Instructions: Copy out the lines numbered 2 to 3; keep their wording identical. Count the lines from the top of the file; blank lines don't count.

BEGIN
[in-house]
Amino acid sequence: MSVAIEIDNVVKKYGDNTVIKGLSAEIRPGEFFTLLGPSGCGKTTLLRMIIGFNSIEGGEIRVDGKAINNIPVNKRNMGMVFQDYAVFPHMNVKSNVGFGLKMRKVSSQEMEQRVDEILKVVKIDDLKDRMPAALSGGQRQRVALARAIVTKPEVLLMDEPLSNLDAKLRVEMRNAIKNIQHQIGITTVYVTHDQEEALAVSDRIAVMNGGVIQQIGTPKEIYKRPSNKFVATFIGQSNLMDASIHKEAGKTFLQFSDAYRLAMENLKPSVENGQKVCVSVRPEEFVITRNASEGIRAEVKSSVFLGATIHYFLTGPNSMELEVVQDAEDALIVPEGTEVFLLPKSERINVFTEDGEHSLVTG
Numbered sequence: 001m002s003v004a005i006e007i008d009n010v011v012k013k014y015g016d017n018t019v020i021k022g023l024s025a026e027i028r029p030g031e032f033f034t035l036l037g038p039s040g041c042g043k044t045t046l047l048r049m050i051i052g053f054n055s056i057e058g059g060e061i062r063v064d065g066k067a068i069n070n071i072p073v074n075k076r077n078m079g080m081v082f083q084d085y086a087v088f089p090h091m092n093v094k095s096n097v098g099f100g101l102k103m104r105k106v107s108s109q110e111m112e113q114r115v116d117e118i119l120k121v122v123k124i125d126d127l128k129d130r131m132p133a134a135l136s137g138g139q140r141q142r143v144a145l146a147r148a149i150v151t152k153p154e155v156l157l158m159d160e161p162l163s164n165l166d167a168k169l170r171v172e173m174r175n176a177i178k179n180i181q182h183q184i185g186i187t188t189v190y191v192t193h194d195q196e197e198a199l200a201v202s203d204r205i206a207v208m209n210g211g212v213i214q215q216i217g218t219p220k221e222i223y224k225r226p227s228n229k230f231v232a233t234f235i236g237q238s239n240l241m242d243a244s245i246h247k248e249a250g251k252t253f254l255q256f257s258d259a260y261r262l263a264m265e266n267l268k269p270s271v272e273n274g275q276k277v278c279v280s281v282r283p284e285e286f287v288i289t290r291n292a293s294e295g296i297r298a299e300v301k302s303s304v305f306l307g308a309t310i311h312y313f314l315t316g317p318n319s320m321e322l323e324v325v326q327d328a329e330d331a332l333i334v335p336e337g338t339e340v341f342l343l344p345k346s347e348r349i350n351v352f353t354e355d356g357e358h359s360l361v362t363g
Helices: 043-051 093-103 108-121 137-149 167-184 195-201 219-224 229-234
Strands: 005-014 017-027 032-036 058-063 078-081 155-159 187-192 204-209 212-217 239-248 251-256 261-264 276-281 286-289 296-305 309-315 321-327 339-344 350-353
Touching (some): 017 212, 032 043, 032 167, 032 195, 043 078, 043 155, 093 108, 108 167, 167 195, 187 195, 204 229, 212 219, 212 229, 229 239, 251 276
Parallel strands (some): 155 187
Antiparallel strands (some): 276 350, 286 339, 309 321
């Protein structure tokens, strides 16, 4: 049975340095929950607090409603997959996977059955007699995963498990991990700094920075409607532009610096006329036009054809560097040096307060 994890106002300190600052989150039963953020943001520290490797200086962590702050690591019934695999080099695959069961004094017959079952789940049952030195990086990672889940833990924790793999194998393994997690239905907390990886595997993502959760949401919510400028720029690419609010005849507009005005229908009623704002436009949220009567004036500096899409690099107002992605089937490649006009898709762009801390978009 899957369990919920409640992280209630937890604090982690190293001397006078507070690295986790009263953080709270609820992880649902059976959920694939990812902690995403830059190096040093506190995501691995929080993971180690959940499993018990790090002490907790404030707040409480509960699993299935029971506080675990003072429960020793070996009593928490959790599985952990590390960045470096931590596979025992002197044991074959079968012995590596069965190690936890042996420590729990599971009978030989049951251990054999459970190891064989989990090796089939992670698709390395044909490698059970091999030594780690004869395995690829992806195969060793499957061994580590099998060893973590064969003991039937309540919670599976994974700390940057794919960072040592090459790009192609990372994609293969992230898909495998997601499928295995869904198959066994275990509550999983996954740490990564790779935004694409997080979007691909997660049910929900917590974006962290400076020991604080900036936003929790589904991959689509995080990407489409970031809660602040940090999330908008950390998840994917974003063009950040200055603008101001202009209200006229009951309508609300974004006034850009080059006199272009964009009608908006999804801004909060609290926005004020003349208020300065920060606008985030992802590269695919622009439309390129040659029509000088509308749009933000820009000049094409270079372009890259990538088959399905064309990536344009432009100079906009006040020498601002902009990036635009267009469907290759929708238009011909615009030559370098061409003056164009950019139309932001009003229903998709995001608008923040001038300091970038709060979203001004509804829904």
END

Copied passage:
Amino acid sequence: MSVAIEIDNVVKKYGDNTVIKGLSAEIRPGEFFTLLGPSGCGKTTLLRMIIGFNSIEGGEIRVDGKAINNIPVNKRNMGMVFQDYAVFPHMNVKSNVGFGLKMRKVSSQEMEQRVDEILKVVKIDDLKDRMPAALSGGQRQRVALARAIVTKPEVLLMDEPLSNLDAKLRVEMRNAIKNIQHQIGITTVYVTHDQEEALAVSDRIAVMNGGVIQQIGTPKEIYKRPSNKFVATFIGQSNLMDASIHKEAGKTFLQFSDAYRLAMENLKPSVENGQKVCVSVRPEEFVITRNASEGIRAEVKSSVFLGATIHYFLTGPNSMELEVVQDAEDALIVPEGTEVFLLPKSERINVFTEDGEHSLVTG
Numbered sequence: 001m002s003v004a005i006e007i008d009n010v011v012k013k014y015g016d017n018t019v020i021k022g023l024s025a026e027i028r029p030g031e032f033f034t035l036l037g038p039s040g041c042g043k044t045t046l047l048r049m050i051i052g053f054n055s056i057e058g059g060e061i062r063v064d065g066k067a068i069n070n071i072p073v074n075k076r077n078m079g080m081v082f083q084d085y086a087v088f089p090h091m092n093v094k095s096n097v098g099f100g101l102k103m104r105k106v107s108s109q110e111m112e113q114r115v116d117e118i119l120k121v122v123k124i125d126d127l128k129d130r131m132p133a134a135l136s137g138g139q140r141q142r143v144a145l146a147r148a149i150v151t152k153p154e155v156l157l158m159d160e161p162l163s164n165l166d167a168k169l170r171v172e173m174r175n176a177i178k179n180i181q182h183q184i185g186i187t188t189v190y191v192t193h194d195q196e197e198a199l200a201v202s203d204r205i206a207v208m209n210g211g212v213i214q215q216i217g218t219p220k221e222i223y224k225r226p227s228n229k230f231v232a233t234f235i236g237q238s239n240l241m242d243a244s245i246h247k248e249a250g251k252t253f254l255q256f257s258d259a260y261r262l263a264m265e266n267l268k269p270s271v272e273n274g275q276k277v278c279v280s281v282r283p284e285e286f287v288i289t290r291n292a293s294e295g296i297r298a299e300v301k302s303s304v305f306l307g308a309t310i311h312y313f314l315t316g317p318n319s320m321e322l323e324v325v326q327d328a329e330d331a332l333i334v335p336e337g338t339e340v341f342l343l344p345k346s347e348r349i350n351v352f353t354e355d356g357e358h359s360l361v362t363g